On the one hand, health is something personal that everyone likes to sort out themselves or with their doctor. On the other hand, the health of the workforce is an important economic factor. Dr. Joachim Stork, Head of Audi Health Care, and Peter Mosch, Chairman of the General Works Council, discuss occupational health management.
Mr Mosch, you’ve been at the Company for more than 25 years. Was health an issue for you when you joined Audi and how do you feel about it today?
Peter Mosch: In my younger days, I was barely aware of the issue of health. A lot has happened in that time, for example in production where many ergonomic improvements have been made. Or with regard to the issues of stress and mental strain, which we consciously deal with nowadays. Occupational health was and is one of the Works Council’s key tasks and today I am much more aware of it, of course.
Dr. Stork, you have around 30 years of experience as an occupational physician. If you take a look at the major issues in your profession – what has changed?
Dr. Joachim Stork: The focus in the 1980s was quite clearly on occupational safety – protecting employees against hazardous materials or heavy loads. Today there are additional issues, however: What about the subjective factors? Today it’s about reintegration, the employability of older employees and mental health in relation to work.
Mr Mosch, how does the Works Council approach these issues?
Peter Mosch: In the context of demographic change, we in the Works Council face the challenge of protecting employees’ health more effectively. As a result, we have set up our “Round Tables,” where the Works Council and the Company together endeavor to reintegrate people into work who return after a lengthy illness. We work constantly on optimizing and creating jobs for older employees and on the issue of mental health. The Works Council also calls for an appropriate company agreement to be reached.
How do people react to the services provided by the Health Care Department – could it be that some see this as “going too far,” and as a severe invasion of privacy?
Dr. Joachim Stork: There is great trust and confidence in health protection. People come to us with all kinds of issues that once they might have kept to themselves. I'm very grateful to the workforce for the trust they place in our work. Individual prevention in the form of the Checkup program is extremely well received, with a takeup rate of 90 percent. This is due to the fact that we invite employees at a convenient time. They can then say yes or no.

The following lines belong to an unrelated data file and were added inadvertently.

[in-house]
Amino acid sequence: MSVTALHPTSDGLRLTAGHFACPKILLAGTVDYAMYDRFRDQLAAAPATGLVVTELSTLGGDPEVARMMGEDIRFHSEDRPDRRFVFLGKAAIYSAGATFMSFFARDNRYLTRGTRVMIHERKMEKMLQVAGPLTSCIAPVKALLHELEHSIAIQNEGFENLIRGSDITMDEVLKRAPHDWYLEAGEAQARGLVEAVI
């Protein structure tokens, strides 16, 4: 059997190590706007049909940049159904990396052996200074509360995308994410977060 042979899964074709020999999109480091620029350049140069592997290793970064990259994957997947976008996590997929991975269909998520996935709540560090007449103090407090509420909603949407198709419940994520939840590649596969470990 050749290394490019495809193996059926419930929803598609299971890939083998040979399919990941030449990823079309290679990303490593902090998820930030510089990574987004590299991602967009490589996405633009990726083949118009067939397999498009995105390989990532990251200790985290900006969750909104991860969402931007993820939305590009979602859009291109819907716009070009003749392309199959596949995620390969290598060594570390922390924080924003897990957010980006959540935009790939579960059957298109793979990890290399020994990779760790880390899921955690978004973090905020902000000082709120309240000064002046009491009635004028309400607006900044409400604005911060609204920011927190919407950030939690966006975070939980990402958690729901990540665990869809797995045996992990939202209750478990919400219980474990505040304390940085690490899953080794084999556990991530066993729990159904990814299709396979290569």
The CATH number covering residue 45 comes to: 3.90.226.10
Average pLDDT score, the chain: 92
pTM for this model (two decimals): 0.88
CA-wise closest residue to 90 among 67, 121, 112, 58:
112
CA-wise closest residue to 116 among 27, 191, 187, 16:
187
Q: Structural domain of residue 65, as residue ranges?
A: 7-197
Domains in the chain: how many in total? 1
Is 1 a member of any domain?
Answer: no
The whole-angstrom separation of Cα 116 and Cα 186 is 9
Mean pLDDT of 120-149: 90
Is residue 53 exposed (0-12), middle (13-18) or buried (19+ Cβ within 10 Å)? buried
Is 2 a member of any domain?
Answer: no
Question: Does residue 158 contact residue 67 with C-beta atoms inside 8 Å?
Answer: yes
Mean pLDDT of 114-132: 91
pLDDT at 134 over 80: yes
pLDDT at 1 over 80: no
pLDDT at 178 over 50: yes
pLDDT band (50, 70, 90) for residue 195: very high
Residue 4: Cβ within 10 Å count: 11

Peter Mosch: I believe the issue of health is becoming more and more important to the general public, and our workforce very much appreciates the health counseling provided in the Checkup. In my experience, the principle of voluntary participation is a major reason for the high take-up rate. I myself go regularly to these examinations as I receive valuable advice.
What about data protection and the duty of confidentiality?
Peter Mosch: I can assure you that the medical data are stored extremely securely. We have carried out several checks to ensure that no data can leave the Health Care Department. In our view, data protection is guaranteed.
Dr. Joachim Stork: We can draw the right conclusions from the large amount of – anonymized – health data we collect. This is a major difference compared with our work in past decades. So now it’s not only a case of protecting health against risks, but also protecting health through preventive management.
Are there any trends in employee health that cannot be remedied in the short term?
Peter Mosch: Increased pressure is one such problem. In production, for example: there is a risk that we will once again have more division of labor with less work content per cycle and with shorter cycle times. I am concerned about this development. Similar trends can be seen in the indirect area, where work volume and complexity are constantly rising.
Dr. Joachim Stork: My specialist field started looking at the issue of monotony and preventing heavy workloads some years ago. Today, however, it’s also a question of how employees can cope with the level of complexity if different models for different countries with different items of equipment are produced on the same assembly line. Here, ergonomic measures and the Audi Production System help, but we’ve certainly not found all the answers.
Where would you like to see Audi health management in ten or 20 years' time?
Dr. Joachim Stork: I’d like us not only to ask how work can be harmful to us, but also to consider how work can be good for our well-being, to give meaning to life. Despite the likelihood of illness as we grow older, there are more and more people who can and want to work for a long time. My second request would be for more consistent control loops in our work, from emergency medical care through to prevention.
Peter Mosch: I'd like health protection in a few years’ time to be seen on a par with other corporate goals, for example economic efficiency.
Live to work, or work to live?
Peter Mosch: Ideally, a balanced, healthy combination of the two. To achieve this, there’s no doubt that we have to strengthen preventative measures. And we should also take a closer look at leadership in our Company: What values determine the way we behave toward one another within the Company? How do we treat each other? Our managers can make a major contribution to the subject of health.